In the absence of any evidence of contributory negligence, it is clear that a charge on contributory negligence would be improper. See: Thomas v. Tomay, 413 Pa. 270, 273-74, 196 A.2d 740 (1964); Hepler v. Hammond, 363 Pa. 355, 69 A.2d 95 (1949). The initial
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question before us is whether the instant record reveals any evidence to support the charge.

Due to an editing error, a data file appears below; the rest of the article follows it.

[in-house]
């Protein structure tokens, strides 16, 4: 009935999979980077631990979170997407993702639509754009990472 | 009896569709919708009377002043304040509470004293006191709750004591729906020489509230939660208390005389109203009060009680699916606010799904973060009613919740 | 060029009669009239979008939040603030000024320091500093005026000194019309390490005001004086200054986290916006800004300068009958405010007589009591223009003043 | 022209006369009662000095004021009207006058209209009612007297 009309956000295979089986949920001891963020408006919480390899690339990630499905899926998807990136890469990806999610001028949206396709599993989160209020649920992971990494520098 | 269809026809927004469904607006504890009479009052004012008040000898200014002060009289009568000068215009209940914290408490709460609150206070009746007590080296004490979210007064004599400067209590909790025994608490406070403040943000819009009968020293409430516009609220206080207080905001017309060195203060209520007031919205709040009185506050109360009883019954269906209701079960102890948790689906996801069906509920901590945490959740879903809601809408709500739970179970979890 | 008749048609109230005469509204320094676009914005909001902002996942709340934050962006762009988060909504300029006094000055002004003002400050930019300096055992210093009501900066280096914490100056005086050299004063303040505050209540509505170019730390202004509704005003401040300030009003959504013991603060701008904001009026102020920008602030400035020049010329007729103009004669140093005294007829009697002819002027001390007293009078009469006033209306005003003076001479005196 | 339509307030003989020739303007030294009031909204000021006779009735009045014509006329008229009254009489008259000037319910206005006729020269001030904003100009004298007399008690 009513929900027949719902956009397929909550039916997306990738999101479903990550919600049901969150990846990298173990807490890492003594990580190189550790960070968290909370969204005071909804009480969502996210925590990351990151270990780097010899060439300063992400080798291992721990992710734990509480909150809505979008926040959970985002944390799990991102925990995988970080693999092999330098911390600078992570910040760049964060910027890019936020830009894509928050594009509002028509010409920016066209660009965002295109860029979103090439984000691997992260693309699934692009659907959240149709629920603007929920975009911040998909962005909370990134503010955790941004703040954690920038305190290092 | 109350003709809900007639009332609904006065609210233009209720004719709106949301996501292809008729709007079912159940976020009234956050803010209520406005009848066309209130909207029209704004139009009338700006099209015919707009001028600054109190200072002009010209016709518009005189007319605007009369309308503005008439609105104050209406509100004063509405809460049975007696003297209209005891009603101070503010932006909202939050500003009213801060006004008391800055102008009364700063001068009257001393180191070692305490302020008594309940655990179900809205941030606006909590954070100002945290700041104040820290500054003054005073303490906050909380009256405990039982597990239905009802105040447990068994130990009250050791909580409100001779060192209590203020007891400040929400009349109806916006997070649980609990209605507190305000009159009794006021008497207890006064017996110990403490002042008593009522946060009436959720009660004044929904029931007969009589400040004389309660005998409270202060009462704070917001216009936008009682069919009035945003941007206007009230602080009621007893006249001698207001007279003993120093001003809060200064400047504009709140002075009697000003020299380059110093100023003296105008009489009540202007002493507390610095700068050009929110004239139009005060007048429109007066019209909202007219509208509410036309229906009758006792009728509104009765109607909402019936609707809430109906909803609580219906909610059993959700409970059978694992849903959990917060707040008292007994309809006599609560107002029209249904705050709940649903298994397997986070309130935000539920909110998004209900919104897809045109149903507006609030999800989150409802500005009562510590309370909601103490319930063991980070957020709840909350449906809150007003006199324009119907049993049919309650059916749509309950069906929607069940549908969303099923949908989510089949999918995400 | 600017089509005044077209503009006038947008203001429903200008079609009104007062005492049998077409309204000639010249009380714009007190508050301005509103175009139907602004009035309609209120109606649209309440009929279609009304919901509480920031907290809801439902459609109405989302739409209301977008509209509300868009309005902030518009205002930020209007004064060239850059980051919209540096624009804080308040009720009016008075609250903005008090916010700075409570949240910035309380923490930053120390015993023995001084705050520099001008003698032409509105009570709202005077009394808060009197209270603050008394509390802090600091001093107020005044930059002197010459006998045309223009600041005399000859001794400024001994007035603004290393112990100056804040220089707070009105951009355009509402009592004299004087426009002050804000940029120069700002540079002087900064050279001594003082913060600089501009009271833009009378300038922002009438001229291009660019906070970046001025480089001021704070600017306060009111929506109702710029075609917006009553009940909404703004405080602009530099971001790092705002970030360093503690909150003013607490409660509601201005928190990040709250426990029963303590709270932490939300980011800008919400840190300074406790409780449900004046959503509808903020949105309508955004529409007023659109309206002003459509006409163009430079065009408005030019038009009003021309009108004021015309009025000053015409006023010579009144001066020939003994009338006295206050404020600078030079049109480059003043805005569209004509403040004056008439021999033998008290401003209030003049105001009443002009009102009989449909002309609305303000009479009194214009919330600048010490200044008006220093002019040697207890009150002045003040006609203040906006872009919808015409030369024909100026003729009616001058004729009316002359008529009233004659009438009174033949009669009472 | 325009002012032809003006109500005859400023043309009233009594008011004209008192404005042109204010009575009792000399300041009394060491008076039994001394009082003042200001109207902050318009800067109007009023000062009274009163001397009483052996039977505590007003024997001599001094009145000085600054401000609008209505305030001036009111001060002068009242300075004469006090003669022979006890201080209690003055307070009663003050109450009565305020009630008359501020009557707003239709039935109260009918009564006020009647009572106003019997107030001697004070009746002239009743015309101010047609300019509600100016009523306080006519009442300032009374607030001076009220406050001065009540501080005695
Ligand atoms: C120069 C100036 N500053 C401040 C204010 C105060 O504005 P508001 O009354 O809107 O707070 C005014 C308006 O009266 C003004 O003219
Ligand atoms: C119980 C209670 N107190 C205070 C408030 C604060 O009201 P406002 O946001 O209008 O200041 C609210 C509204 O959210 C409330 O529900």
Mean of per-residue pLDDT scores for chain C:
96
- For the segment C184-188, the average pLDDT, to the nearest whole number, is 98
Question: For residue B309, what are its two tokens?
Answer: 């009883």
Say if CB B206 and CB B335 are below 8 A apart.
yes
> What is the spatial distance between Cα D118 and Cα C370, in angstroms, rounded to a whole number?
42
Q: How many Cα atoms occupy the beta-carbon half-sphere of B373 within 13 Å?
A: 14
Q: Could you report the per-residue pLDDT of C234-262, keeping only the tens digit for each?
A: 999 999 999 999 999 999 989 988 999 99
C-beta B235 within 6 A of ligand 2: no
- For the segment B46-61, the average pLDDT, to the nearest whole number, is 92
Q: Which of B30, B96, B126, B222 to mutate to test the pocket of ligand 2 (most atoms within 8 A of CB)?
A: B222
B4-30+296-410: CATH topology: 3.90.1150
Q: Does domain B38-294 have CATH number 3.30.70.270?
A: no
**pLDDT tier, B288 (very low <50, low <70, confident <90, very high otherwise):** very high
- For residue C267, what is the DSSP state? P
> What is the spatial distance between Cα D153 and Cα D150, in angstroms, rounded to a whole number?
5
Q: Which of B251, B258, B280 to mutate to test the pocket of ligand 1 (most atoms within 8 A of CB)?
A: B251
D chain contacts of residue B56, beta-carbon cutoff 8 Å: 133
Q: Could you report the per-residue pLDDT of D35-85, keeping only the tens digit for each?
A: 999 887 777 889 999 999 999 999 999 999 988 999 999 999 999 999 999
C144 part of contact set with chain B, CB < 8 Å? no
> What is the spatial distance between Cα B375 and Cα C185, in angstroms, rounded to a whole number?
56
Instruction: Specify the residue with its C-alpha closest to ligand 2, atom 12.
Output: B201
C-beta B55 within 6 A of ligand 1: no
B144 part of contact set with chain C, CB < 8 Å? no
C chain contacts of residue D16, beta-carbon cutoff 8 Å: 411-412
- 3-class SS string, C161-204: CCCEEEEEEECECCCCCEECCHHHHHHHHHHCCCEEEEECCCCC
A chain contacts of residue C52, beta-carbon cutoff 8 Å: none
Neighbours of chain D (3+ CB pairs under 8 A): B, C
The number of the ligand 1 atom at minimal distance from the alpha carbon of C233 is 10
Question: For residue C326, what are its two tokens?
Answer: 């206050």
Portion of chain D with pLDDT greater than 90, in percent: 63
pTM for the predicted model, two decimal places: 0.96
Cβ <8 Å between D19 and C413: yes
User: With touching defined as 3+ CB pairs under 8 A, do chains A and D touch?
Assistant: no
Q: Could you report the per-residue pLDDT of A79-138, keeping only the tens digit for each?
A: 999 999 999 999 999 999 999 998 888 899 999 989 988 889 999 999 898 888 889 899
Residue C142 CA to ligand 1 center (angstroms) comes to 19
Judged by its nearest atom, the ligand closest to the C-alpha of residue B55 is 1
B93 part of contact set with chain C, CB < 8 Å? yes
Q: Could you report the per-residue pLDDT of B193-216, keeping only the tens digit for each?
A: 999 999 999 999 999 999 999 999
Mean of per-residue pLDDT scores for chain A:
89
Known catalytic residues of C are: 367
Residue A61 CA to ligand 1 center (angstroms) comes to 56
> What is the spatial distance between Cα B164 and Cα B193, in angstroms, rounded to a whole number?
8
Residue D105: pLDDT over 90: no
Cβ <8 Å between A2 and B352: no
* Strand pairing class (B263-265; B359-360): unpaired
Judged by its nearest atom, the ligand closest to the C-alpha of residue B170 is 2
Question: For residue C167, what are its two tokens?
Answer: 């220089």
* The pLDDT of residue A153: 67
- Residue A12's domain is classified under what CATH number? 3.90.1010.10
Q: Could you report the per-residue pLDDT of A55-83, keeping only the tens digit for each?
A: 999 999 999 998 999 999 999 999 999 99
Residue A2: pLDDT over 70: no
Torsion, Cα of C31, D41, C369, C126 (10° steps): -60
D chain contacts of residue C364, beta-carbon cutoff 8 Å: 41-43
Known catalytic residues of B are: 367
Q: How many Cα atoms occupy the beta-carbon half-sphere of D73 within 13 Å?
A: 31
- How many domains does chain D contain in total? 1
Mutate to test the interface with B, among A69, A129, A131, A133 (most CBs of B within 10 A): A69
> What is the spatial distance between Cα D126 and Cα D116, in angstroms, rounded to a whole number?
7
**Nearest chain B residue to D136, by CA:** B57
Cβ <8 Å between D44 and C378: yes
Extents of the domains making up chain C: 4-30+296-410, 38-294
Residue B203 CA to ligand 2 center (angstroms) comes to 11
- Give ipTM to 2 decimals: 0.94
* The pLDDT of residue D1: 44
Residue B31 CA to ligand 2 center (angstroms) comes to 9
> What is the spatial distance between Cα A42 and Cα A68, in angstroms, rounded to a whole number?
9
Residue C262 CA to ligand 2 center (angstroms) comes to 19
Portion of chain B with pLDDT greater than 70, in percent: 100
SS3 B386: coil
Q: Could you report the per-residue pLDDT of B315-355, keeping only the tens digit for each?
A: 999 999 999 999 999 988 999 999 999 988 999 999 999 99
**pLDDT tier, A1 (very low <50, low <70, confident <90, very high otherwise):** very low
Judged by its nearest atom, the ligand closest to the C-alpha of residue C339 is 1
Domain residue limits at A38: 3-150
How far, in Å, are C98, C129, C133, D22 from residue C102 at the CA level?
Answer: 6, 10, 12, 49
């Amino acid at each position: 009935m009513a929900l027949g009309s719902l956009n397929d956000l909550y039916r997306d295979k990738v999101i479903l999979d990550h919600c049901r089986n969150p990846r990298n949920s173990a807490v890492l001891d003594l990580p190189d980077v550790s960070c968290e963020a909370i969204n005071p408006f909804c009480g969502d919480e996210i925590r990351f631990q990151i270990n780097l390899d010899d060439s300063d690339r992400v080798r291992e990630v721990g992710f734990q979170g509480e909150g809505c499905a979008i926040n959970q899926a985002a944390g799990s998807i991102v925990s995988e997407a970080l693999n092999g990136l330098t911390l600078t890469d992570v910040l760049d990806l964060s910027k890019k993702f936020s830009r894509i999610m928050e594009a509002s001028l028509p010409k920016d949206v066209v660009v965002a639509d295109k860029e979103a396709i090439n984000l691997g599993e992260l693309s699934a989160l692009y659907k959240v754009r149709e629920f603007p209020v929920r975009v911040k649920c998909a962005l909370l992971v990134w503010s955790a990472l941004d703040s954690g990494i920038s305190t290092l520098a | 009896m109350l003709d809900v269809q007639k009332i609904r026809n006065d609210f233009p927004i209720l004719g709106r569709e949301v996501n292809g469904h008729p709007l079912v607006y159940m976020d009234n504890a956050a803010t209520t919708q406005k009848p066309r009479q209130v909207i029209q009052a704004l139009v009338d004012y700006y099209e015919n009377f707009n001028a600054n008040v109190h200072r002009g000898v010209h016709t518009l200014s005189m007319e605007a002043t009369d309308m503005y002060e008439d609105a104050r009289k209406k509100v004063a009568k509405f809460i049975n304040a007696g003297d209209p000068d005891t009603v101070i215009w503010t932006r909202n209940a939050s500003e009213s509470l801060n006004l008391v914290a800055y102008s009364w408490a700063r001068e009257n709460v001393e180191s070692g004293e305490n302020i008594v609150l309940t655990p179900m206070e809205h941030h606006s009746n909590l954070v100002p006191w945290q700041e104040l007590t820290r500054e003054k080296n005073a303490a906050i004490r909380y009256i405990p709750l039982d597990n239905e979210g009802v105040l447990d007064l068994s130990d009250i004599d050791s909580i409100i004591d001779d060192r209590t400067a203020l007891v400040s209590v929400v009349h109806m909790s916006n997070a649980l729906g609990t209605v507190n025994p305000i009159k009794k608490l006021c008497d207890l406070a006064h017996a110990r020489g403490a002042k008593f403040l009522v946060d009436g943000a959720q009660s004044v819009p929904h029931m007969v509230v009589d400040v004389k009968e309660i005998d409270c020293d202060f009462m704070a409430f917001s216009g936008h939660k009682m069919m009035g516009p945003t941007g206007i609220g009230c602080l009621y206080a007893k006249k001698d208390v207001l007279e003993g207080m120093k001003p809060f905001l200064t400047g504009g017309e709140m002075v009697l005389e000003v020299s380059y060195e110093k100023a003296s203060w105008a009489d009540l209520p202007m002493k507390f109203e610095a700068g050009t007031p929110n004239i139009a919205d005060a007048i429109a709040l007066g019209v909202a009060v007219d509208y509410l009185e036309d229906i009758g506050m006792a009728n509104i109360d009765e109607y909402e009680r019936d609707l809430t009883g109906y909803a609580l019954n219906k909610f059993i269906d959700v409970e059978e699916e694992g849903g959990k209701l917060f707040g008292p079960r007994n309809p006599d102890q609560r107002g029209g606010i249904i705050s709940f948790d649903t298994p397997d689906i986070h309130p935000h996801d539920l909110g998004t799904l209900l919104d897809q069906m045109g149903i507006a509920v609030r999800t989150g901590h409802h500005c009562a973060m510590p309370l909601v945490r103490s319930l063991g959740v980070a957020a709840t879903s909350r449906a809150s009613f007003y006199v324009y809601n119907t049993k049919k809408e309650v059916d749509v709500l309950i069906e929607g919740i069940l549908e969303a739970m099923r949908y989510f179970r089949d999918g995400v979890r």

Appellants' theory was that the airplane crashed by reason of bad weather conditions encountered south of Brunswick, Georgia, that McCrory was aware of the weather conditions and that he was negligent in continuing the flight in spite of the adverse weather forecast. As has been indicated, prior to leaving Miami, McCrory had talked with the weather bureau and he was then informed of possibly hazardous flying conditions further north but he nevertheless took off on the flight. Under the circumstances, such facts could well support a finding of negligence on McCrory's part. See: Gatenby v. Altoona Aviation Corp., 407 F. 2d 443, 447 (3d Cir. 1968). On the other hand, it is undisputed that the pilot and the three passengers in Miami discussed the weather situation at length before determining to take off on the flight, and the record discloses circumstances from which the jury could reasonably and well have inferred that the decision to proceed on the flight despite the weather conditions was one of mutual agreement between the pilot and the passengers; under such circumstances appellants' decedents could well have been found guilty of contributory negligence. See: Restatement (Second) Torts, §§ 463, 466 (1965). Moreover, appellants produced the testimony of Koon to the effect that he had notified someone in the plane, at the time the plane was flying above Jacksonville, about the bad weather conditions existing around Brunswick.*fn2 Koon testified that, after he had relayed the weather forecast to an unidentified person on the plane, there was a substantial hiatus before that